Dr. Gallo continued, “I respect Dr. Osterhaus for his important basic science contributions in medical virology and his ability to translate those contributions into broad public health initiatives. He is a true leader and the GVN values both his intellect and his friendship.”

In addition to honoring Dr. Osterhaus, GVN Centers of Excellence reviewed strategies propelling the GVN forward, including engaging new scientific communities, the launch of a new GVN Task Force, and the exchange of ideas on training programs that address new and existing viral threats.

“Since many GVN Centers of Excellence are working with animal pathogens, I believe the GVN will benefit from increased partnerships with veterinary research institutes working on epizootic animal diseases,” said Joaquim Segalés, DVM, PhD, Director of the Centre de Recerca en Sanitat Animal (CReSA-IRTA) located at the Universitat Autònoma de Barcelona (UAB) in Barcelona, Spain. “I will help lead the GVN in cultivating these important collaborations with organizations that can provide a number of new possibilities in better preventing future animal to man outbreaks.”

The GVN Zika Task Force Chair Scott Weaver, MS, PhD, who is also Director of the University of Texas Medical Branch’s Institute for Human Infections and Immunity and Scientific Director of the Galveston National Laboratory, a GVN Center of Excellence in Galveston, Texas, USA, introduced GVN members to the Task Force’s latest Zika serum bank initiative. The Task Force, comprising 28 top Zika experts from around the world, serves as a catalyst for driving communication and information flow between fellow GVN colleagues researching and responding to the Zika epidemic gripping the world.

“As many of you know, a major obstacle to understanding and controlling the Zika epidemic is affordable, accurate diagnostics,” said Dr. Weaver. “The Zika serum bank will help alleviate this obstacle. We hope to assemble a collection of at least 25 sera, each in quantities to supply 25 or more investigators, and we will ensure that these precious samples are made available to the worthiest requestors worldwide,” said Dr. Weaver.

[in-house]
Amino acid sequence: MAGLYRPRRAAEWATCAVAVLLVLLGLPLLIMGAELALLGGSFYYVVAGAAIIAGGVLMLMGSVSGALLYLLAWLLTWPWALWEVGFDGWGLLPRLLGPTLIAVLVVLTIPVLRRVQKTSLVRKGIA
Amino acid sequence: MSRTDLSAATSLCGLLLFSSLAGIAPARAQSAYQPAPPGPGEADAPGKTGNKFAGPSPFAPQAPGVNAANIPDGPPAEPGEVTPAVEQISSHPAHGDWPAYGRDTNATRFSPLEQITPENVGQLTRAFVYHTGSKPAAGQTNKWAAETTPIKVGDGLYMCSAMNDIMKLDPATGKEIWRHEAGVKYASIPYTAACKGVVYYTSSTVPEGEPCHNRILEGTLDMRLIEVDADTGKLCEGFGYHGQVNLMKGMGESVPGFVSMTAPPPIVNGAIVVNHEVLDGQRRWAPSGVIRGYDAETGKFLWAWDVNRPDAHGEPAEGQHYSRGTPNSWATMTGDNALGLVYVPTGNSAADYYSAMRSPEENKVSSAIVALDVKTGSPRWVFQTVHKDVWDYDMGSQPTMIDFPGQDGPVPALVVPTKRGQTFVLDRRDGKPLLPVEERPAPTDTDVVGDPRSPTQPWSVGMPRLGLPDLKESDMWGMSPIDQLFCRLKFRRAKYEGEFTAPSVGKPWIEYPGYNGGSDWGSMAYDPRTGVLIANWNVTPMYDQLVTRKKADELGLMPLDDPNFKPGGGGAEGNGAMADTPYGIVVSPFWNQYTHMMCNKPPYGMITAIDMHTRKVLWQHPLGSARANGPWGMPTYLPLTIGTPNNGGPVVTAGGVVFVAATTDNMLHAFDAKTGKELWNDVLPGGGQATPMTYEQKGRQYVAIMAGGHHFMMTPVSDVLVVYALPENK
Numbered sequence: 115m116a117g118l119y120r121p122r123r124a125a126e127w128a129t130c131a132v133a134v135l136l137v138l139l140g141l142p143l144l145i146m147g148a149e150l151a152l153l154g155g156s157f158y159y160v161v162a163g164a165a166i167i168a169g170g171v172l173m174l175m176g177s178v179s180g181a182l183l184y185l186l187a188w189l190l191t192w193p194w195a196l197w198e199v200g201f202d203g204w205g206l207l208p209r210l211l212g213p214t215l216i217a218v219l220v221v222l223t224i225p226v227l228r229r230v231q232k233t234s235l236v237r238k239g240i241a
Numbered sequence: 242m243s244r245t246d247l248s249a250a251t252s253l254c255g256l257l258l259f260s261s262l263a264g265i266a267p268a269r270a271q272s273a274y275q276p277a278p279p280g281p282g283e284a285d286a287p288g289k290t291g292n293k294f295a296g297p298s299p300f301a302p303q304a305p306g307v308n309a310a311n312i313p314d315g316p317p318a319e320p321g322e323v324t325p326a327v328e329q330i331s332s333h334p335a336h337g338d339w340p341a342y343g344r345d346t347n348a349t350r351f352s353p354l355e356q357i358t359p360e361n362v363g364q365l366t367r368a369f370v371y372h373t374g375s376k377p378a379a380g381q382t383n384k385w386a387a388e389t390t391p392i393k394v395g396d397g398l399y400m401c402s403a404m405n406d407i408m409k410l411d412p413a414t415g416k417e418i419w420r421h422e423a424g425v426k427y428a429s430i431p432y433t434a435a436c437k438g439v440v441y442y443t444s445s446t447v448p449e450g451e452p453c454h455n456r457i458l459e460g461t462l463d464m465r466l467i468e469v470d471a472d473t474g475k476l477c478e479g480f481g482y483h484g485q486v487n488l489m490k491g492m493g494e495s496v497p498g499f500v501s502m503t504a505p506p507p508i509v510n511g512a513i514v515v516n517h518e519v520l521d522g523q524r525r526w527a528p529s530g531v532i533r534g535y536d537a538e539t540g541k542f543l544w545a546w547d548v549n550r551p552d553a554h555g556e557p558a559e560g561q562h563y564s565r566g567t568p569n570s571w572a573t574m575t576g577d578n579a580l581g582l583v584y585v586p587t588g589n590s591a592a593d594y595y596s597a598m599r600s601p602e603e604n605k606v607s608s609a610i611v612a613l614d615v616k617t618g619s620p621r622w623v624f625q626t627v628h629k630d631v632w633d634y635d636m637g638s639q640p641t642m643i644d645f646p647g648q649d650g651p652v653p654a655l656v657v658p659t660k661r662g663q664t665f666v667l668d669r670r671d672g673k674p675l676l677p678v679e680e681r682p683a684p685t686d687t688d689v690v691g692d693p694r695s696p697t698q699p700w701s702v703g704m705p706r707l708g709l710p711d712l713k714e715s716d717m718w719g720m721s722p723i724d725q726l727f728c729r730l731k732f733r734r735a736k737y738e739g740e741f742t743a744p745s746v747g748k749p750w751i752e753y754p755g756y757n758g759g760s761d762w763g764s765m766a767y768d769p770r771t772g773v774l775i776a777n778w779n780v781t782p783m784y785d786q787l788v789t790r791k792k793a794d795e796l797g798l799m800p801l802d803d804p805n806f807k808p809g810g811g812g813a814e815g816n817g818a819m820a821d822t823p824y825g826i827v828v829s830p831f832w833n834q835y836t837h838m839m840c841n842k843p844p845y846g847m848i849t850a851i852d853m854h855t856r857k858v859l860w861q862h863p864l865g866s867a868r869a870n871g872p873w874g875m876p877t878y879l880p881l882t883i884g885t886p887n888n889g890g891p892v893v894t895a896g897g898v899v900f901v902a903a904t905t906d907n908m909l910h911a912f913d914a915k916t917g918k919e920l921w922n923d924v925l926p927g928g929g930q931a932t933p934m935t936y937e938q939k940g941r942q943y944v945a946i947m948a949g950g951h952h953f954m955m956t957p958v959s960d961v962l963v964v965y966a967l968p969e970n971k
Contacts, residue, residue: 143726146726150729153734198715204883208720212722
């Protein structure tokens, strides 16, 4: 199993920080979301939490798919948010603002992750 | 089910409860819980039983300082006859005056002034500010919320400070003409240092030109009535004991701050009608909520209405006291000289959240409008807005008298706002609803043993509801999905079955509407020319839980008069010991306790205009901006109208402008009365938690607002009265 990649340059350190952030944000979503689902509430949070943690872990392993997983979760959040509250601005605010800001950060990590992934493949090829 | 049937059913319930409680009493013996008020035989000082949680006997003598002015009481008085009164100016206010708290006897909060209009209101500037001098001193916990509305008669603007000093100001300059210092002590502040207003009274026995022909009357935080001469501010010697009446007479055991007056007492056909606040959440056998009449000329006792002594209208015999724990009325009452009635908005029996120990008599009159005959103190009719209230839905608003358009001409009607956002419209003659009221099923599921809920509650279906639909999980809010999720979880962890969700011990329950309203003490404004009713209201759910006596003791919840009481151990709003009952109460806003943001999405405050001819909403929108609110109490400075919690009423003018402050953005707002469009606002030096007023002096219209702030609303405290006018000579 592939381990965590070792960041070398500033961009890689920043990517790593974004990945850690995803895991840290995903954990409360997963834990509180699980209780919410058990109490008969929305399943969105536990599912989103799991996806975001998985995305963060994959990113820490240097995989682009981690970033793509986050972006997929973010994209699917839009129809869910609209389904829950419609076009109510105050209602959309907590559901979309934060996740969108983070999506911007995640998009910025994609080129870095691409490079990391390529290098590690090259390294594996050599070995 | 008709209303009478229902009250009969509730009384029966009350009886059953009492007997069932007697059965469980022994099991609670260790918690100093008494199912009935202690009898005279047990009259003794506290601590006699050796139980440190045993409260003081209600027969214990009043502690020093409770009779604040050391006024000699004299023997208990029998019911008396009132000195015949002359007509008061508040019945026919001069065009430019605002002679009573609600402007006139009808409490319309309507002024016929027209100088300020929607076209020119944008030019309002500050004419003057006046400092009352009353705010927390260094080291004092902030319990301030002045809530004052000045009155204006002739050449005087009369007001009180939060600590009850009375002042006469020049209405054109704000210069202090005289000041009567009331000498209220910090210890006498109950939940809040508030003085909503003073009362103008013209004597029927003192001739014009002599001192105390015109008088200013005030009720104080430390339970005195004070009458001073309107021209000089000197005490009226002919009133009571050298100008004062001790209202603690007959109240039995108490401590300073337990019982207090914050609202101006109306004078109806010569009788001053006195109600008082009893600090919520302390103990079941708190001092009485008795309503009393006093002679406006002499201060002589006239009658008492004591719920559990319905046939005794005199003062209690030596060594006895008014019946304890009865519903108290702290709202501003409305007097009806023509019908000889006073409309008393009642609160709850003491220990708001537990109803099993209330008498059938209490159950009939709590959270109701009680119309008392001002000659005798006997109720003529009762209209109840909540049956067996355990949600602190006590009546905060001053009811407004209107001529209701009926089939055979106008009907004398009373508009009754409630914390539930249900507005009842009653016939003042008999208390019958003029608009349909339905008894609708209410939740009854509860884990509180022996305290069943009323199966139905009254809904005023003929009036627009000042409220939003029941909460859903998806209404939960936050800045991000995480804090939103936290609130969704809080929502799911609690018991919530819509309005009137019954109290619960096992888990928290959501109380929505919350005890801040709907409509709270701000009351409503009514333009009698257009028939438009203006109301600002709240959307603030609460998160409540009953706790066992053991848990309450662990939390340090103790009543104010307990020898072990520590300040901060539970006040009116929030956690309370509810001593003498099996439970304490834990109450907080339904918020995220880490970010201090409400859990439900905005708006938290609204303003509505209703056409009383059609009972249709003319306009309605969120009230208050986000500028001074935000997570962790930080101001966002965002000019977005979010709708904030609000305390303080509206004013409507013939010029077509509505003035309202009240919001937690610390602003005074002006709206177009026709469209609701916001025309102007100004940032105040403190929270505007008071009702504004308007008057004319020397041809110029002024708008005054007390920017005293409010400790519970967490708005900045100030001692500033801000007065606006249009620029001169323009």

Peter Palese, PhD, Chair of the Department of Microbiology at Icahn School of Medicine at Mount Sinai, a GVN Center of Excellence in New York, New York, USA, facilitated discussions on fostering international partnerships among GVN members to address the worldwide problem of influenza. “My colleagues and I are working to design the next-generation of flu vaccines that provoke a more robust and durable immune response to a wide variety of influenza viruses,” said Dr. Palese. “I believe we can achieve this feat. A broadly protective universal vaccine will not only save lives, but it will eliminate the need for annual revaccination while saving enormous amounts of money in associated costs.”

Sharon Lewin, FRACP, PhD, Director of the GVN Center of Excellence, The Peter Doherty Institute for Infection & Immunity at The University of Melbourne & Royal Melbourne Hospital, announced that GVN’s 9th international meeting will be held next year in Melbourne, Australia. “Australia is looking forward to welcoming GVN members to Australia in the Fall of 2017,” said Dr. Lewin. “We will boost GVN’s annual meeting program and design next year’s agenda to include a day dedicated to the next generation of medical virologists. It is incumbent upon us, the members of the GVN, to look for new ways to mentor rising medical virologists so that the world is better prepared against viral threats in the years to come.”